Purpose: Patients with an acute abdomen require emergency surgery. SARS-CoV-2 infection can affect multiple organ systems, including the digestive tract. Little is known about the consequences of COVID-19 infection in emergency surgical patients.
Methods: Perioperative data for COVID-19 patients undergoing emergency surgery from March 1, 2020, to May 23, 2020 were collected prospectively (NCT04323644).
Results: During this period, 215 patients underwent surgery, including 127 patients in an emergency setting, of whom 13 (10.2%) had COVID-19. Two scenarios were identified: (a) patients who were admitted to a hospital for an acute surgical condition with a concomitant diagnosis of COVID-19, and (b) patients with severe COVID-19 developing acute abdominal pathologies during their hospital stay. When compared with those in group B, patients in group A globally recovered better, with a lower mortality rate (14.3% vs. 33.3%), lower ARDS rate (28.5% vs. 50.0%), less rates of preoperative invasive ventilation (14.3% vs. 50.0%) and postoperative invasive ventilation (28.5% vs. 100.0%), and a shorter duration of invasive ventilation. No causality between SARS-CoV-2 infection and gastrointestinal affliction was found.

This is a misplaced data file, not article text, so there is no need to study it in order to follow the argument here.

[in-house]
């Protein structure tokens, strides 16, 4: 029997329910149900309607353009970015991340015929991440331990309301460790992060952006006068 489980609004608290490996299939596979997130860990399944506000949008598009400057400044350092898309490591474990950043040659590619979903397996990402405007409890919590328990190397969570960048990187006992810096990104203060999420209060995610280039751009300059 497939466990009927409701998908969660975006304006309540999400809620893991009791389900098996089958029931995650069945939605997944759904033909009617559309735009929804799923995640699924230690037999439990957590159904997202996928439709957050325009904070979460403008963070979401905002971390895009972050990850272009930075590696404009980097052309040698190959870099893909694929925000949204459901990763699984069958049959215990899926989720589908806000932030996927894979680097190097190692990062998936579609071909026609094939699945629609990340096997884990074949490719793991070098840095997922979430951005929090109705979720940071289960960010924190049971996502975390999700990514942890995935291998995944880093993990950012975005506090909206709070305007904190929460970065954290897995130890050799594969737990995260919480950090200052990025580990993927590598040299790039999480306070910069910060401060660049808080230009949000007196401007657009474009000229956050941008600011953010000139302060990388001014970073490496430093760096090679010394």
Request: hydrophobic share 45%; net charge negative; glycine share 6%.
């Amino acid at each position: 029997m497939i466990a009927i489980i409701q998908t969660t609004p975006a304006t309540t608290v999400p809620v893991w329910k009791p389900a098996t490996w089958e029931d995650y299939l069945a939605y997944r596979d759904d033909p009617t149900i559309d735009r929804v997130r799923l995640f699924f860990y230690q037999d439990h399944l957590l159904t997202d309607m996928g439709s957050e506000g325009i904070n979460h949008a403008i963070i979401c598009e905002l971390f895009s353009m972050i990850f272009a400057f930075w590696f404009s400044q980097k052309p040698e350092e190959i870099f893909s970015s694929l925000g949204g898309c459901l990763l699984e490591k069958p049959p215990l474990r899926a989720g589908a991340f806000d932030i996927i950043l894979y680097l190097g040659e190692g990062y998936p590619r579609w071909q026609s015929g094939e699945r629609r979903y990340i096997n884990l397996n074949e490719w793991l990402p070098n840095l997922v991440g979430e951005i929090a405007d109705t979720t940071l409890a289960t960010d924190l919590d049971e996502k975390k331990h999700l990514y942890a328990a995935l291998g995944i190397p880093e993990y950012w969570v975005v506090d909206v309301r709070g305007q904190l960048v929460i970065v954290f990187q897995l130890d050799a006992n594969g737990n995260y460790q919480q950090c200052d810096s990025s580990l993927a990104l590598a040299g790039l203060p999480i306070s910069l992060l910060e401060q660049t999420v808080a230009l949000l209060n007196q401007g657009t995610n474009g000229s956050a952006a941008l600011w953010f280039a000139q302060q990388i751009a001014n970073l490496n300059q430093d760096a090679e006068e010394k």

Conclusion: Our observations underline that mild co-infection with COVID-19 did not result in more complications for emergency abdominal surgery. Howe, an acute abdomen during severe COVID-19 infection was part of an unfavorable prognosis.
Keywords: Abdominal surgery; Acute abdomen; COVID-19; Laparoscopy; Severe acute respiratory syndrome coronavirus 2 (SARS-CoV-2).